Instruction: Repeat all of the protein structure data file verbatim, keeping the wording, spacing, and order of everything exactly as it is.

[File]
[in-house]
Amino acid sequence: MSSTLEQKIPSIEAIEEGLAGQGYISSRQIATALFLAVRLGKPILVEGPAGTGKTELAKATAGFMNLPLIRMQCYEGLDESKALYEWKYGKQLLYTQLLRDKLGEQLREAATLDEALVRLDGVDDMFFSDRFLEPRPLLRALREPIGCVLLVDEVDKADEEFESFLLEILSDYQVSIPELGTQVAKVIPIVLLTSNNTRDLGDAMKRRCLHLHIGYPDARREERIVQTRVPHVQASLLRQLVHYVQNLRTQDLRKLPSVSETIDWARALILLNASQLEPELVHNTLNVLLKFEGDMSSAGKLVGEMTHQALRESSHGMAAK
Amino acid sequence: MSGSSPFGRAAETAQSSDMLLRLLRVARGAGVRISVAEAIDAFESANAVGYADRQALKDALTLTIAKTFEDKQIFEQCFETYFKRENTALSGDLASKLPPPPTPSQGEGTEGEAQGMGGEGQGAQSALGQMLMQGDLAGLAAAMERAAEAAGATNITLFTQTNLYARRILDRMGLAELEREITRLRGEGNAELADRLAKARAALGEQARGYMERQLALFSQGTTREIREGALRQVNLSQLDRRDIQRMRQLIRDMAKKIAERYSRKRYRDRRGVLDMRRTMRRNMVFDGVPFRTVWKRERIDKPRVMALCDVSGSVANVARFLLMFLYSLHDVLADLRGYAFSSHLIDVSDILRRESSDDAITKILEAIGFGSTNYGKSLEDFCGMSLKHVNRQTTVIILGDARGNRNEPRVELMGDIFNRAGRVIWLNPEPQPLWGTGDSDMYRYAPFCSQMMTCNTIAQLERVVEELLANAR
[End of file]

[in-house]
Amino acid sequence: MSSTLEQKIPSIEAIEEGLAGQGYISSRQIATALFLAVRLGKPILVEGPAGTGKTELAKATAGFMNLPLIRMQCYEGLDESKALYEWKYGKQLLYTQLLRDKLGEQLREAATLDEALVRLDGVDDMFFSDRFLEPRPLLRALREPIGCVLLVDEVDKADEEFESFLLEILSDYQVSIPELGTQVAKVIPIVLLTSNNTRDLGDAMKRRCLHLHIGYPDARREERIVQTRVPHVQASLLRQLVHYVQNLRTQDLRKLPSVSETIDWARALILLNASQLEPELVHNTLNVLLKFEGDMSSAGKLVGEMTHQALRESSHGMAAK
Amino acid sequence: MSGSSPFGRAAETAQSSDMLLRLLRVARGAGVRISVAEAIDAFESANAVGYADRQALKDALTLTIAKTFEDKQIFEQCFETYFKRENTALSGDLASKLPPPPTPSQGEGTEGEAQGMGGEGQGAQSALGQMLMQGDLAGLAAAMERAAEAAGATNITLFTQTNLYARRILDRMGLAELEREITRLRGEGNAELADRLAKARAALGEQARGYMERQLALFSQGTTREIREGALRQVNLSQLDRRDIQRMRQLIRDMAKKIAERYSRKRYRDRRGVLDMRRTMRRNMVFDGVPFRTVWKRERIDKPRVMALCDVSGSVANVARFLLMFLYSLHDVLADLRGYAFSSHLIDVSDILRRESSDDAITKILEAIGFGSTNYGKSLEDFCGMSLKHVNRQTTVIILGDARGNRNEPRVELMGDIFNRAGRVIWLNPEPQPLWGTGDSDMYRYAPFCSQMMTCNTIAQLERVVEELLANAR